23 March 2023

'Living within our means': Eurobodalla council aims to avoid special rate rise

| Albert McKnight
Start the conversation
Eurobodalla Shire Council Chambers

Eurobodalla’s councillors have been reviewing council’s financial situation. Photo: Alex Rea.

Eurobodalla Shire Council wants to act now to try to avoid a special rate rise in the future, a fate that many other councils are facing across the state.

Seventeen councils in NSW are applying for a special rate variation this year, including Bega Valley Shire and Snowy Monaro Regional Councils.

Eurobodalla’s councillors and senior staff recently spent two half days reviewing the Eurobodalla’s financial situation to identify a path forward for the shire.

“Living within our means starts now,” council’s general manager Warwick Winn said.

“Careful analysis will identify our position, but we are a medium-sized council trying to do the work of a large council and that is not sustainable.”

The council has $1.7 billion in assets, an annual turnover of $140 million, delivers dozens of services and has over 600 employees, which is equivalent to a medium-sized ASX-listed company, Mr Winn said.

He ordered a financial health check when he started the job and identified the issues of large future projected deficits, current debt and a capital program that was too large to manage.

READ ALSO Eurobodalla Council welcomes new trainees as they kick-start their careers and learn as they earn

“We are certainly grateful for the NSW Government grants that have allowed us to build new infrastructure for the community and to build back better after the fires and floods. But the time has come to look carefully at our grants strategy,” he said.

“We must be smart and chase grants that can pay for work already scheduled and allow our staff to catch up on work already on the books.”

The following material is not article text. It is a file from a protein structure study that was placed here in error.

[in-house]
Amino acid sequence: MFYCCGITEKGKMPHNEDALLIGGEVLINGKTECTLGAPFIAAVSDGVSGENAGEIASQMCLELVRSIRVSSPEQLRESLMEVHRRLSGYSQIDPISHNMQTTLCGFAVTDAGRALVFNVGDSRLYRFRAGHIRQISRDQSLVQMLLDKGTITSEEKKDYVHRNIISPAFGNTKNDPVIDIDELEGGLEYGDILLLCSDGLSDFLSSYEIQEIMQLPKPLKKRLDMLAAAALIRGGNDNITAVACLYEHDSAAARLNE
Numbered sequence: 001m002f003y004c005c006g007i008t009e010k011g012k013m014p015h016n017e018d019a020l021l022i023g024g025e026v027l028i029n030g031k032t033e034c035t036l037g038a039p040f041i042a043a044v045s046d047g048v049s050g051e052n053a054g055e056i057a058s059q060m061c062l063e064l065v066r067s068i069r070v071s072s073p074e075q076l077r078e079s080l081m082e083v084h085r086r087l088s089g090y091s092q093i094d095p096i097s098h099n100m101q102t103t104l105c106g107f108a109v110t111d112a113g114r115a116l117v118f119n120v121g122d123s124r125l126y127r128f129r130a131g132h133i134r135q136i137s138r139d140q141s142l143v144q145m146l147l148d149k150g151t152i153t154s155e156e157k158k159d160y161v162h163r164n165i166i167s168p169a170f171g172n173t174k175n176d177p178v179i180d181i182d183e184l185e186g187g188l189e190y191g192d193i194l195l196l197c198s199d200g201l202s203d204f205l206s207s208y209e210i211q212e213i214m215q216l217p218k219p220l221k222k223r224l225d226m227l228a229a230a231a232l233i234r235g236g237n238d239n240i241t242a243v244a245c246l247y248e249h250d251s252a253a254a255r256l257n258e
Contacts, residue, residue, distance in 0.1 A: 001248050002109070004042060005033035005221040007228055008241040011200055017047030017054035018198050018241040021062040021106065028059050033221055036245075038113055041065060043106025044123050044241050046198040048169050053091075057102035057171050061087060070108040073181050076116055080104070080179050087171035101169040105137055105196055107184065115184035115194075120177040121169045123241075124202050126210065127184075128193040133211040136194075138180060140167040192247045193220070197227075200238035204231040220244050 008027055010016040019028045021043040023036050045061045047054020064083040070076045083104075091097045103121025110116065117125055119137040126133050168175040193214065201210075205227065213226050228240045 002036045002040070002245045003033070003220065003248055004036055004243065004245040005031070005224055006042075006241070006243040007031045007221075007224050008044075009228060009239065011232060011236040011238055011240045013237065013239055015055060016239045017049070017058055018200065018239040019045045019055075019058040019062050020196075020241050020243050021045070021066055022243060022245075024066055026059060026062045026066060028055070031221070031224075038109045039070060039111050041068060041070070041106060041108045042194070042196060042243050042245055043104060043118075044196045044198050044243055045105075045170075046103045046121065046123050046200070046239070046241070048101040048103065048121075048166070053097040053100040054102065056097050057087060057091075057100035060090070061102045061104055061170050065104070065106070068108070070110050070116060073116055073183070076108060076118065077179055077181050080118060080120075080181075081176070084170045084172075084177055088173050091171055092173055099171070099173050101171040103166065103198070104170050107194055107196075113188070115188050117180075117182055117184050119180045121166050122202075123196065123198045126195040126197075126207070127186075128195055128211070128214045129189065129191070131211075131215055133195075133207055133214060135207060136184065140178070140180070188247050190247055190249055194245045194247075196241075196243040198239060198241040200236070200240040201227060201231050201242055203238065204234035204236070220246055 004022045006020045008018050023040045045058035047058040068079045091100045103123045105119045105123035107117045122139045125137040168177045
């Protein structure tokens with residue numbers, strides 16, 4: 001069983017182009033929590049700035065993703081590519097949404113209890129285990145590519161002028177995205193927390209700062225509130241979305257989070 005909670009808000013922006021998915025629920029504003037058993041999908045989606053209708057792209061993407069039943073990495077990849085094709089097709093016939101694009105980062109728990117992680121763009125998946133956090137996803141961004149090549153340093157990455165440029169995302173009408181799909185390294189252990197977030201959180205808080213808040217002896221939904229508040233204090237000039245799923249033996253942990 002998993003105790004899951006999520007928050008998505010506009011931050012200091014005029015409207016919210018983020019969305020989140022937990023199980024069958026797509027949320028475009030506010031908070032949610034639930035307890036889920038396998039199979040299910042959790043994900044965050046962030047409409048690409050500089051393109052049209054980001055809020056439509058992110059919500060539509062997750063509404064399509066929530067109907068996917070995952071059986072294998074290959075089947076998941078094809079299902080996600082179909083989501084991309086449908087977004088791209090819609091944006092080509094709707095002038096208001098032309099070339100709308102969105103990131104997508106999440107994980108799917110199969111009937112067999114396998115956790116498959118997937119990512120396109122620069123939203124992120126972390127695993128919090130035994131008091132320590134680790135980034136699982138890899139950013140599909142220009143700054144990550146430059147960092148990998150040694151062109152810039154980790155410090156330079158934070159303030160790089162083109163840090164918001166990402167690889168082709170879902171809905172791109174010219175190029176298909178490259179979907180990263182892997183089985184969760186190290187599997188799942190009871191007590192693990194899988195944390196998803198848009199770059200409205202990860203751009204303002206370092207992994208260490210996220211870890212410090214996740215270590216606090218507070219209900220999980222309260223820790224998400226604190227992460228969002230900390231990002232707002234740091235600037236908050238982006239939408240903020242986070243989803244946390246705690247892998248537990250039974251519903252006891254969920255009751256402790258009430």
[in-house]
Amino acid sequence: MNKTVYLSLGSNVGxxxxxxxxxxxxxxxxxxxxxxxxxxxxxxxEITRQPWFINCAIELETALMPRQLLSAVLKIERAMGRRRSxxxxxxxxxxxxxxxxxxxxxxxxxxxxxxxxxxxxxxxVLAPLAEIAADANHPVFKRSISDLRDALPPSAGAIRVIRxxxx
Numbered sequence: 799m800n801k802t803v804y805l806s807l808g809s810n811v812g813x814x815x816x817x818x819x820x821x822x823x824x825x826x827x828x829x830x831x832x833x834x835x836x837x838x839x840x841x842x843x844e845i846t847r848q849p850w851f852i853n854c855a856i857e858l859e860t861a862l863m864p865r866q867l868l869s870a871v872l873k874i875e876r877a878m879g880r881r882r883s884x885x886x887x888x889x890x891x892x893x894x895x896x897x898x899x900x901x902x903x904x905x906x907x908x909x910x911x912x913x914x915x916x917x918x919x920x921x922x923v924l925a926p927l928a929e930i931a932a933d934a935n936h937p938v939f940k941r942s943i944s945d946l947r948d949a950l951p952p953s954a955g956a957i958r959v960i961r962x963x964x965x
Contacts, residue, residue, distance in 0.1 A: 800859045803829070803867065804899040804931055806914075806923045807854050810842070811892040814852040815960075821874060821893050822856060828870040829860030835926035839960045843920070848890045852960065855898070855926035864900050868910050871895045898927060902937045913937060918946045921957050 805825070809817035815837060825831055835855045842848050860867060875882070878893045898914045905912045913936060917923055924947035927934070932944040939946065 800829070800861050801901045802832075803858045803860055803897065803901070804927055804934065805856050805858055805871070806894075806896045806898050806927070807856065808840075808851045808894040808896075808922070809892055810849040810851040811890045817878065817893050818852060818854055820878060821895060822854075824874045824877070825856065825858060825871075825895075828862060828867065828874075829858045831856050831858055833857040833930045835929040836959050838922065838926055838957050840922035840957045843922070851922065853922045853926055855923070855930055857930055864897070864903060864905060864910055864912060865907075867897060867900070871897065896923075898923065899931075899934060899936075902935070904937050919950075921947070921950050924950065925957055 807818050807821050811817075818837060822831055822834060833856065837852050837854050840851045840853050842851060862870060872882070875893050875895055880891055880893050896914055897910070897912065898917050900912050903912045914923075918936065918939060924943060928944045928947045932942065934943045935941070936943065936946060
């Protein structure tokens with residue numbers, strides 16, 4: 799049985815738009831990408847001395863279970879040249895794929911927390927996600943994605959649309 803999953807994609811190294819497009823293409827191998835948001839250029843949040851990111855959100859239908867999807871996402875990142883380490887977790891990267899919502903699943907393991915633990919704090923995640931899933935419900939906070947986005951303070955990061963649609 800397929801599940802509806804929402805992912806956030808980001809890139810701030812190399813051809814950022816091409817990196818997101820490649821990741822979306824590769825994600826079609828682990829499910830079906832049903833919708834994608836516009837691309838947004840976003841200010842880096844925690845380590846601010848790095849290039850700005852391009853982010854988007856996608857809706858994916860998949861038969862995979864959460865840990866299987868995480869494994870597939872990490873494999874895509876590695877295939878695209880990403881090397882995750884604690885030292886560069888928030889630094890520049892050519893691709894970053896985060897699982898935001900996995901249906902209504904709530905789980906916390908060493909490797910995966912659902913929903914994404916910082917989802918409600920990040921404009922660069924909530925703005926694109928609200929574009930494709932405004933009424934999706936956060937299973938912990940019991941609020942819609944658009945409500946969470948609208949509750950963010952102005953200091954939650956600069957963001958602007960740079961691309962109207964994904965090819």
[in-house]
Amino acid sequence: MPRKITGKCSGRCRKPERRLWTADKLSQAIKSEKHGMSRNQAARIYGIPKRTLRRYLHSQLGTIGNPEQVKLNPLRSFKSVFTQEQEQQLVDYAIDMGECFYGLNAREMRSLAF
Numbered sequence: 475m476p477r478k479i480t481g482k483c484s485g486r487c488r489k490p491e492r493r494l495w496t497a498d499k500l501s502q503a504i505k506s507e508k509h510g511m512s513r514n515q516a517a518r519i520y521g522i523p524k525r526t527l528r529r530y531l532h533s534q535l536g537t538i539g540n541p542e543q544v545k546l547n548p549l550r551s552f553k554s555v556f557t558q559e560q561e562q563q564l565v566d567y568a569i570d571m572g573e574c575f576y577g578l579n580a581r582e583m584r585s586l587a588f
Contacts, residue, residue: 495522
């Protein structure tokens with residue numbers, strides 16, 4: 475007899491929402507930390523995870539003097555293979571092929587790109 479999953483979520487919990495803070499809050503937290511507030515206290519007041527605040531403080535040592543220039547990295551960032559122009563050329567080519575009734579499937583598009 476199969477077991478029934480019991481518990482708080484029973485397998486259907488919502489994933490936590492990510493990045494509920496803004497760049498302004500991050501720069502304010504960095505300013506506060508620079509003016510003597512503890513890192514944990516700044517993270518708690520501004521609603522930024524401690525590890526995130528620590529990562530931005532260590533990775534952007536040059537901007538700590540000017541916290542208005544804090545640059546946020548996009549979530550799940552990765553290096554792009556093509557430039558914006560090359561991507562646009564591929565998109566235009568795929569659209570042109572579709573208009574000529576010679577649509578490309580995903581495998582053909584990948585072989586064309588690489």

He said the 2024 works program would be reprioritised. In the years after, council would propose reducing its capital works program to focus on finishing grant-funded projects, as well as maintenance and renewal of assets like roads, public toilets and recreation facilities.

“This is how we will start living within our means and hopefully avoid service reductions or having to pursue special rates variations,” he said.

Mayor Mathew Hatcher said councillors were determined to do something about the financial challenges they inherited.

“It means we’ll need to have brave conversations with residents, explaining why work they’d like to see right away needs to wait while other priorities are finished,” he said.

“With discipline and sound management, this council can set up future councils and the community for a better financial future.”

READ ALSO Passion for helping community results in nine women awarded grants

Mr Winn also called for action from the NSW Government, saying he believed its rate pegging arrangement for councils was broken.

“Last year, with clear knowledge of rapidly escalating costs, IPART issued NSW councils with only a 0.7 per cent rate peg. By comparison, CPI was 6.1 per cent,” he said.

“The NSW Government also needs to examine the complex grants process councils are forced to use to fill gaps in essential community infrastructure.

“The grants don’t address the cost of maintenance, operation, or depreciation, are often tied to a council contribution, and are difficult to manage.”

Start the conversation

Daily Digest

Do you like to know what’s happening around your region? Every day the About Regional team packages up our most popular stories and sends them straight to your inbox for free. Sign-up now for trusted local news that will never be behind a paywall.

By submitting your email address you are agreeing to Region Group's terms and conditions and privacy policy.